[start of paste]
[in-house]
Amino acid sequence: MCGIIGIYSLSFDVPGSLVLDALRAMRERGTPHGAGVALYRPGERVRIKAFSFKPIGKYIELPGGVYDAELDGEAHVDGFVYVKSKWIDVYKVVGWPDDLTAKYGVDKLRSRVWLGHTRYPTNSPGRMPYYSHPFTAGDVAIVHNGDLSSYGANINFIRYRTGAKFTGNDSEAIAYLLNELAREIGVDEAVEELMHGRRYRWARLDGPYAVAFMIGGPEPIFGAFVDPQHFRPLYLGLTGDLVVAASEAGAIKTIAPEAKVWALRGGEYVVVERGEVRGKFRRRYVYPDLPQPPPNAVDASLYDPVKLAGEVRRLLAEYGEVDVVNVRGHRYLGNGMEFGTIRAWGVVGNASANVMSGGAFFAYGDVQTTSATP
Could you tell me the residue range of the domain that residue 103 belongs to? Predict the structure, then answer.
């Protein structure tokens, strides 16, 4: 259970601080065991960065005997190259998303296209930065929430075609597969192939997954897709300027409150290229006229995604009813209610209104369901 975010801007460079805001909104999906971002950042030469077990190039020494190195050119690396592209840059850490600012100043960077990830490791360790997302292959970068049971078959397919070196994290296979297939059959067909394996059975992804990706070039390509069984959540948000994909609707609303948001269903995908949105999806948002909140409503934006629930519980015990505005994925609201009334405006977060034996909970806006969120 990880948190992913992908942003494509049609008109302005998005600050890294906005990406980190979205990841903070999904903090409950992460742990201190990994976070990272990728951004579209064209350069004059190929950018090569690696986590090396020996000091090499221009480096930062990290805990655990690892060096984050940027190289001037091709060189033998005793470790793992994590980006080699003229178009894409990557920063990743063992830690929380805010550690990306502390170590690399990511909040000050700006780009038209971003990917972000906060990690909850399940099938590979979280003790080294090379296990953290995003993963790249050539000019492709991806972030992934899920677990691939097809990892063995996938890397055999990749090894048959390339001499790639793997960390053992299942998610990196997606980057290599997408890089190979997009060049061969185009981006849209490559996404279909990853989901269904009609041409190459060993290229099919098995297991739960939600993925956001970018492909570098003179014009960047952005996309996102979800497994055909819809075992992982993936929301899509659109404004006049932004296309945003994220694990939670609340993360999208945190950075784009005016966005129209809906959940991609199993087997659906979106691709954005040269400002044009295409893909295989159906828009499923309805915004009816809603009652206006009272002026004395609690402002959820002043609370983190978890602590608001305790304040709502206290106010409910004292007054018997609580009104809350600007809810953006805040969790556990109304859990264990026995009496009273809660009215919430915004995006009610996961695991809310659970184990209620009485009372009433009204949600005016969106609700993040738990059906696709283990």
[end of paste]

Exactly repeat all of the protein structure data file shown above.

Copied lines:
[in-house]
Amino acid sequence: MCGIIGIYSLSFDVPGSLVLDALRAMRERGTPHGAGVALYRPGERVRIKAFSFKPIGKYIELPGGVYDAELDGEAHVDGFVYVKSKWIDVYKVVGWPDDLTAKYGVDKLRSRVWLGHTRYPTNSPGRMPYYSHPFTAGDVAIVHNGDLSSYGANINFIRYRTGAKFTGNDSEAIAYLLNELAREIGVDEAVEELMHGRRYRWARLDGPYAVAFMIGGPEPIFGAFVDPQHFRPLYLGLTGDLVVAASEAGAIKTIAPEAKVWALRGGEYVVVERGEVRGKFRRRYVYPDLPQPPPNAVDASLYDPVKLAGEVRRLLAEYGEVDVVNVRGHRYLGNGMEFGTIRAWGVVGNASANVMSGGAFFAYGDVQTTSATP
Could you tell me the residue range of the domain that residue 103 belongs to? Predict the structure, then answer.
């Protein structure tokens, strides 16, 4: 259970601080065991960065005997190259998303296209930065929430075609597969192939997954897709300027409150290229006229995604009813209610209104369901 975010801007460079805001909104999906971002950042030469077990190039020494190195050119690396592209840059850490600012100043960077990830490791360790997302292959970068049971078959397919070196994290296979297939059959067909394996059975992804990706070039390509069984959540948000994909609707609303948001269903995908949105999806948002909140409503934006629930519980015990505005994925609201009334405006977060034996909970806006969120 990880948190992913992908942003494509049609008109302005998005600050890294906005990406980190979205990841903070999904903090409950992460742990201190990994976070990272990728951004579209064209350069004059190929950018090569690696986590090396020996000091090499221009480096930062990290805990655990690892060096984050940027190289001037091709060189033998005793470790793992994590980006080699003229178009894409990557920063990743063992830690929380805010550690990306502390170590690399990511909040000050700006780009038209971003990917972000906060990690909850399940099938590979979280003790080294090379296990953290995003993963790249050539000019492709991806972030992934899920677990691939097809990892063995996938890397055999990749090894048959390339001499790639793997960390053992299942998610990196997606980057290599997408890089190979997009060049061969185009981006849209490559996404279909990853989901269904009609041409190459060993290229099919098995297991739960939600993925956001970018492909570098003179014009960047952005996309996102979800497994055909819809075992992982993936929301899509659109404004006049932004296309945003994220694990939670609340993360999208945190950075784009005016966005129209809906959940991609199993087997659906979106691709954005040269400002044009295409893909295989159906828009499923309805915004009816809603009652206006009272002026004395609690402002959820002043609370983190978890602590608001305790304040709502206290106010409910004292007054018997609580009104809350600007809810953006805040969790556990109304859990264990026995009496009273809660009215919430915004995006009610996961695991809310659970184990209620009485009372009433009204949600005016969106609700993040738990059906696709283990």